The viral image has served as a valuable reminder of America's 'Move Over' laws.

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Earlier this month, the hot dog experts at Oscar Mayer announced they had begun their annual search for fresh-faced Wienermobile recruits. Part of landing one of these “Hotdogger” positions is learning to drive—and even parallel park—the Wienermobile. Apparently, however, one current Hotdogger neglected to obey every rule of the road. Earlier this week, the Waukesha County Sheriff’s Department announced they’d pulled over the 27-foot hot dog on wheels.

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Credit: Oscar Mayer

In the end, the department—which posted about the encounter on social media—took mercy on the massive metal sausage, opting to give the driver a verbal warning instead of a ticket or fine. And to be fair to the Hotdogger behind the wheel, it’s not like they were speeding down the road, pepped up on yellow mustard and swerving into oncoming traffic. Instead, they violated a very specific driving rule: the Move Over Law.

“When a motorist sees a vehicle on the side of the road with its emergency lights flashing (red, blue and amber), they are required to move out of the lane closest to the vehicle if possible,” the Sheriff’s Department explained. “If a safe lane change is not possible, or the motorist is traveling on a two-lane roadway, they are required to slow their vehicle, maintain a safe speed for traffic conditions, and drive at a reduced speed until completely past the vehicle.”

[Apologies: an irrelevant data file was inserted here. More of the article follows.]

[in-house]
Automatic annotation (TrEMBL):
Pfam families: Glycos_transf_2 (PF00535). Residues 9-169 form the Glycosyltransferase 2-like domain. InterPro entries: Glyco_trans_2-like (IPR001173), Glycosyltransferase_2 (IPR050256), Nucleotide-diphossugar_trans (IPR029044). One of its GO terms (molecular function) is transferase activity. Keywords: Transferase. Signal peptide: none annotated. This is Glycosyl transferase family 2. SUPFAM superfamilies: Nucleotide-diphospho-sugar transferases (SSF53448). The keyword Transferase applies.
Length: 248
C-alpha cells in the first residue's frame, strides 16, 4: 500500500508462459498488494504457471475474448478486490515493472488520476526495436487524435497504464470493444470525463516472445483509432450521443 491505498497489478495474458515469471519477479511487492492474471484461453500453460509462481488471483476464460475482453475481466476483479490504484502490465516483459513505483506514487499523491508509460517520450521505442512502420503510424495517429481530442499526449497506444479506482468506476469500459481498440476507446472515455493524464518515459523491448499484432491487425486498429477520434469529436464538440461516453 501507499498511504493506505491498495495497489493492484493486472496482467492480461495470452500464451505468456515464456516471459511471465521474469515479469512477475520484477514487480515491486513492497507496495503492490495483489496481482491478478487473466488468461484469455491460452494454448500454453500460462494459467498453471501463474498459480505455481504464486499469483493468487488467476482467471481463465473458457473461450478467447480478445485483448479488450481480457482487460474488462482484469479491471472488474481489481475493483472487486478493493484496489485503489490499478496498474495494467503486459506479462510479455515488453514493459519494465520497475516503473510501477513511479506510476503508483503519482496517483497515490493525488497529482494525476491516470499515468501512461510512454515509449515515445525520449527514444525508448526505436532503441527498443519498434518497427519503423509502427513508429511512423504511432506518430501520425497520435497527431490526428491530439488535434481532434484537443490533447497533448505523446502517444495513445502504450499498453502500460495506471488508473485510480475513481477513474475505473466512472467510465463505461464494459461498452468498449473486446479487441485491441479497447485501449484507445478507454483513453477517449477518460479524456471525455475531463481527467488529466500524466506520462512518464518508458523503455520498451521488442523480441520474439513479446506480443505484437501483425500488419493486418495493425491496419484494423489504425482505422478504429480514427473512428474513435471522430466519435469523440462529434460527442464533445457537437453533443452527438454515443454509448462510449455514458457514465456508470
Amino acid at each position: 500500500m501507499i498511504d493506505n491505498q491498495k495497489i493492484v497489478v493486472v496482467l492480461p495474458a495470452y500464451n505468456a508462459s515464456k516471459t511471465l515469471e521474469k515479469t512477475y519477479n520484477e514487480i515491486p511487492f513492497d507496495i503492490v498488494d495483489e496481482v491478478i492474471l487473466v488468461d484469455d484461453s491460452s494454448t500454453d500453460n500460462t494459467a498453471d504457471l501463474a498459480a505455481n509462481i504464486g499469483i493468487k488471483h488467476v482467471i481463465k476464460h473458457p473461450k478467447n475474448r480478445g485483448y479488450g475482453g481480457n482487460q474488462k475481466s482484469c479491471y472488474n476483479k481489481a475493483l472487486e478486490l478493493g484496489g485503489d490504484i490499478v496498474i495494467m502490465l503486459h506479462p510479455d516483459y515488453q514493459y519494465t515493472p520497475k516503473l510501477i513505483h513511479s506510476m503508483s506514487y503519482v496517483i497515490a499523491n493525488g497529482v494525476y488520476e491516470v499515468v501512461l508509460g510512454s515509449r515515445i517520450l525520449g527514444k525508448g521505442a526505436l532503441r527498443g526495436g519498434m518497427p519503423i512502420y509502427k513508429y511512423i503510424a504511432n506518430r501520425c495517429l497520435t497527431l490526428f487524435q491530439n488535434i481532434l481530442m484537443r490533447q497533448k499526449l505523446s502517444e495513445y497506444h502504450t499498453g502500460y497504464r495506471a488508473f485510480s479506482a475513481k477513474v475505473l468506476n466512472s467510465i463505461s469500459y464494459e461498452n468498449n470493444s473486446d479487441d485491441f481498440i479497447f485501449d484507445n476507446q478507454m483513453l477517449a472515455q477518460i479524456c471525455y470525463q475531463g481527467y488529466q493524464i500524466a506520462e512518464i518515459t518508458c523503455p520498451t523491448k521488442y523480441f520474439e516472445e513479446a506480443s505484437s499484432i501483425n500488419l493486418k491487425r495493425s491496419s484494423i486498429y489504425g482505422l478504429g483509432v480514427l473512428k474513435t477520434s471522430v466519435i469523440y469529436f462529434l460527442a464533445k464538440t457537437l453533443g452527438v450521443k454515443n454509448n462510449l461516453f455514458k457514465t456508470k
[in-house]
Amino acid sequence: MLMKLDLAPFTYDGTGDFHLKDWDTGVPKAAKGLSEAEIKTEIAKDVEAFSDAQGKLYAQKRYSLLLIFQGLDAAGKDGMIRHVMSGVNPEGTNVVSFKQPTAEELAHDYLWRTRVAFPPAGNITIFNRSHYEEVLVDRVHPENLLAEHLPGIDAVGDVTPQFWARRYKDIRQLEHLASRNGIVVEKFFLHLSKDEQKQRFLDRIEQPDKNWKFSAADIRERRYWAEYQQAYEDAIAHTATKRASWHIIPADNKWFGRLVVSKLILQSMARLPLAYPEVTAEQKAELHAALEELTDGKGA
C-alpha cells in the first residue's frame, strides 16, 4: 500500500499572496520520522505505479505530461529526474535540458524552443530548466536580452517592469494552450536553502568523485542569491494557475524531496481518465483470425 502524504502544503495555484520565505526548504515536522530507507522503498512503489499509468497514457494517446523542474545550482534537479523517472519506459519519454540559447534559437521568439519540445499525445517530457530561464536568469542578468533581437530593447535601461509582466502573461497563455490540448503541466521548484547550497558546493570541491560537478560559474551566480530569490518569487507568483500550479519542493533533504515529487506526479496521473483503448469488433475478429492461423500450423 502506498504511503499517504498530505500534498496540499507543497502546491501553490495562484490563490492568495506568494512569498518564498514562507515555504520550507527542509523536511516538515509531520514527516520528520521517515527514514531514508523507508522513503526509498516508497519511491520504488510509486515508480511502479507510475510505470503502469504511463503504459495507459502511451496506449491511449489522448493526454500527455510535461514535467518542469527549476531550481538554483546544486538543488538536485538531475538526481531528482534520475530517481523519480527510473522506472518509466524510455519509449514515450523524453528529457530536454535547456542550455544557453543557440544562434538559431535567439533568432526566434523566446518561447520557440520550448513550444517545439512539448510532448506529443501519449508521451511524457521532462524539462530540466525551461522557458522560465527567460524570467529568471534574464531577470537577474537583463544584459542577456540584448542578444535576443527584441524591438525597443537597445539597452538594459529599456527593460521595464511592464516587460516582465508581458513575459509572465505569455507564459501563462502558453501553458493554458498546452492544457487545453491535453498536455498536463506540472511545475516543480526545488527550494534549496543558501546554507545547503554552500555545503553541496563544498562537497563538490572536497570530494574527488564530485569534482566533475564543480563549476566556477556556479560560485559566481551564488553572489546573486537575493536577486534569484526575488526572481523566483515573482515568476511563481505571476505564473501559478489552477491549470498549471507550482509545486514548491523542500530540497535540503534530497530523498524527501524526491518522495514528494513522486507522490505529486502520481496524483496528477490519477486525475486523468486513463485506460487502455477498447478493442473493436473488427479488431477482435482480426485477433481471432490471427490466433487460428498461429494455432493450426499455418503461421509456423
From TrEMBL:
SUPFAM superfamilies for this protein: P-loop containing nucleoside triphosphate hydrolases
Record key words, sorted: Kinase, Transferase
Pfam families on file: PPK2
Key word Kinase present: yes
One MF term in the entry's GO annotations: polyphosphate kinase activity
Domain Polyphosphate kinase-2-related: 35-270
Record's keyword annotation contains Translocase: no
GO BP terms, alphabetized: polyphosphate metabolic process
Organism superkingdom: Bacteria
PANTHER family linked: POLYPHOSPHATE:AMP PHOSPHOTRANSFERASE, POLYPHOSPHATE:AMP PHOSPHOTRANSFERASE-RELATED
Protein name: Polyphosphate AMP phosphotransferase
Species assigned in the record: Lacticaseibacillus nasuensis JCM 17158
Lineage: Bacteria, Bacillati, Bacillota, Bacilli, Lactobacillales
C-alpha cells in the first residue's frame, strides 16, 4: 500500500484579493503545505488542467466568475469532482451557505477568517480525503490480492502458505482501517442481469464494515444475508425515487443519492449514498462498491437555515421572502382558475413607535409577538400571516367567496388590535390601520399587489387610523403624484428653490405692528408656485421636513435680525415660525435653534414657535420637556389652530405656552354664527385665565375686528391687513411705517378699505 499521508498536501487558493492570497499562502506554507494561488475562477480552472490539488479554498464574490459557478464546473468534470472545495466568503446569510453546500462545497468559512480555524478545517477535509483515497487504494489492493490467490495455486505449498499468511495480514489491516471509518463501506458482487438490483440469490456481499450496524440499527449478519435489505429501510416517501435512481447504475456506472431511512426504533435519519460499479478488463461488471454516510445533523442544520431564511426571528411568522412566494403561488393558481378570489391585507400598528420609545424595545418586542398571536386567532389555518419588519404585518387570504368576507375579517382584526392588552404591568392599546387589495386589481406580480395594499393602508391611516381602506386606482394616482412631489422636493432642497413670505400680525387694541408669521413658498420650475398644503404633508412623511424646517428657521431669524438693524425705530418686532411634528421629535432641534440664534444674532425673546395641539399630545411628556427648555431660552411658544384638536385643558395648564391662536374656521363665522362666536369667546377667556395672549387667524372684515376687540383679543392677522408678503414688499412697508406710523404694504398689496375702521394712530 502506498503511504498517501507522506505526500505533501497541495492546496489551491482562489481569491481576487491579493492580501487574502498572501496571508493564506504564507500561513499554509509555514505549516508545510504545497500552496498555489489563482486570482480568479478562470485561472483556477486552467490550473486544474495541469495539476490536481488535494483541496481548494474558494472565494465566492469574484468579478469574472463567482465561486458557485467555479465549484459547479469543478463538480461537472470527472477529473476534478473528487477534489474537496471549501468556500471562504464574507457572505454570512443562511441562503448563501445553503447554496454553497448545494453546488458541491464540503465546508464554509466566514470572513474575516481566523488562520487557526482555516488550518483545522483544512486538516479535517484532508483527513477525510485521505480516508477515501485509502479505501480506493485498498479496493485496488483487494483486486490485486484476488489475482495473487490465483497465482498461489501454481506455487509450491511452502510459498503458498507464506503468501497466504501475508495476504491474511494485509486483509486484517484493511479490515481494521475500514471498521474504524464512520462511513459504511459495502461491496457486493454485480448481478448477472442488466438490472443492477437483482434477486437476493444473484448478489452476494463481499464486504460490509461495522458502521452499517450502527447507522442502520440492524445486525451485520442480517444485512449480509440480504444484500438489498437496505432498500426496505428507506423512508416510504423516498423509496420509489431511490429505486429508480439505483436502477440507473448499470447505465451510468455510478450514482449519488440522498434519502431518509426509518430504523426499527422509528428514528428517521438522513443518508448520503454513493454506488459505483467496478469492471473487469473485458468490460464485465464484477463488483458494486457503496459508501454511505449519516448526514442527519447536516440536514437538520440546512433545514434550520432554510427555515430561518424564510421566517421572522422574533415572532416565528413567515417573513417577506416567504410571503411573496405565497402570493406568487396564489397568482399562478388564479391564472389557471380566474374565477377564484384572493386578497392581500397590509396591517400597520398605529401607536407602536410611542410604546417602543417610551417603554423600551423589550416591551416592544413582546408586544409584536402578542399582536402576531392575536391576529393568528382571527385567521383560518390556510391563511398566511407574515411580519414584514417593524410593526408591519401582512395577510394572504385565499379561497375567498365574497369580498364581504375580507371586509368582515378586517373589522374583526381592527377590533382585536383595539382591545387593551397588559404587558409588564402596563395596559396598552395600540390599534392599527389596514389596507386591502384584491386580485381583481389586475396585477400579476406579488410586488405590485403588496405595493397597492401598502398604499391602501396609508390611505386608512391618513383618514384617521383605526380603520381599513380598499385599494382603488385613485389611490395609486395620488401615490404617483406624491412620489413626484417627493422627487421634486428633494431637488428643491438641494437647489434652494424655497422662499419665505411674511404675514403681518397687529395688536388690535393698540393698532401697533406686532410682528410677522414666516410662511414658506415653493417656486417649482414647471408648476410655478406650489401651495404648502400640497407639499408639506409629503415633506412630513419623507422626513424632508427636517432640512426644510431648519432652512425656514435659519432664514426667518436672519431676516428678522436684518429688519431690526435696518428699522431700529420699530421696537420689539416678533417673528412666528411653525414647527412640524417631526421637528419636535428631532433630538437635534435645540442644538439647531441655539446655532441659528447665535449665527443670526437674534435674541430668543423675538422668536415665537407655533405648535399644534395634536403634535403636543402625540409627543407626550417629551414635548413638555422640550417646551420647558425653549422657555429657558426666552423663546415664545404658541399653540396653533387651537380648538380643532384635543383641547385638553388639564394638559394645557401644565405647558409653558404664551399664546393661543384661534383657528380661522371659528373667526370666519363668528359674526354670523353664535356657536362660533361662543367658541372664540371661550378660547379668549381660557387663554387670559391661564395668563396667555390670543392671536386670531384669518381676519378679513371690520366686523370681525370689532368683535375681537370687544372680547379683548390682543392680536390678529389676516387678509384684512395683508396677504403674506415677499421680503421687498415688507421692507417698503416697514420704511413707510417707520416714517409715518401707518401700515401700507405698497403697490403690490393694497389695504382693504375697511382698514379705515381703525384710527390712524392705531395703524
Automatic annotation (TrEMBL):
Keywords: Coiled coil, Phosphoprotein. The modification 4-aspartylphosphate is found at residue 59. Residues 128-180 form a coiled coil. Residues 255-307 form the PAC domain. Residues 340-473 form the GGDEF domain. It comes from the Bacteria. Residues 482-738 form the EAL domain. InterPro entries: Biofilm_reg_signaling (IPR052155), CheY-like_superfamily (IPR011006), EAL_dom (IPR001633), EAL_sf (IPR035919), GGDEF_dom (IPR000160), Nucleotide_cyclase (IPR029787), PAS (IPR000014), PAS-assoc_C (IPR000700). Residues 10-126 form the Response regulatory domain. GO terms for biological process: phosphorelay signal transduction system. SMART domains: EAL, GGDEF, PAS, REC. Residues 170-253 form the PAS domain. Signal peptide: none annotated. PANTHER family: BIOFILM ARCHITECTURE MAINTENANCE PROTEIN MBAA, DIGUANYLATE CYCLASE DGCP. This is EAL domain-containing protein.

The site MoveOverLaws.com states that, as of 2012, all 50 states now have a version of a Move Over law. But since many have only been enacted in the past couple decades, some drivers may not be as familiar with them as they should be.

As a result, though the cops didn’t explicitly state that they pulled over the Weinermobile to make an example of them, a viral image of a pulled over hot dog is certainly a good way to remind people of this very important law. “One of the most dangerous places for emergency responders and maintenance personnel is along the side of the road. Each year hundreds of these hard working men and women are injured or killed by passing motorists while working along the nation’s highways,” the Facebook post concluded.

Meanwhile, for their part, Oscar Mayer told CNN that their drivers should know better. “Since the inception of the Hotdogger program, we've promoted safety first and ensured all Hotdoggers are up-to-date on all rules of the road,” Lynne Galia, a spokesperson for Oscar Mayer’s parent company Kraft Heinz, was quoted as saying. “We have reinforced the importance of obeying all traffic laws, including the Move Over Law, and will continue to do so to ensure safe roadways for all.”

And the brand is putting its money where its mouth is.

An Oscar Mayer road hog t-shirt
Credit: Oscar Mayer

Following the incident, Oscar Mayer is selling "Road Hog" t-shirts with the famous photo and donating the proceeds to the National Road Safety Foundation. The shirt costs $29.99 and can be purchased on Oscar Mayer's online shop.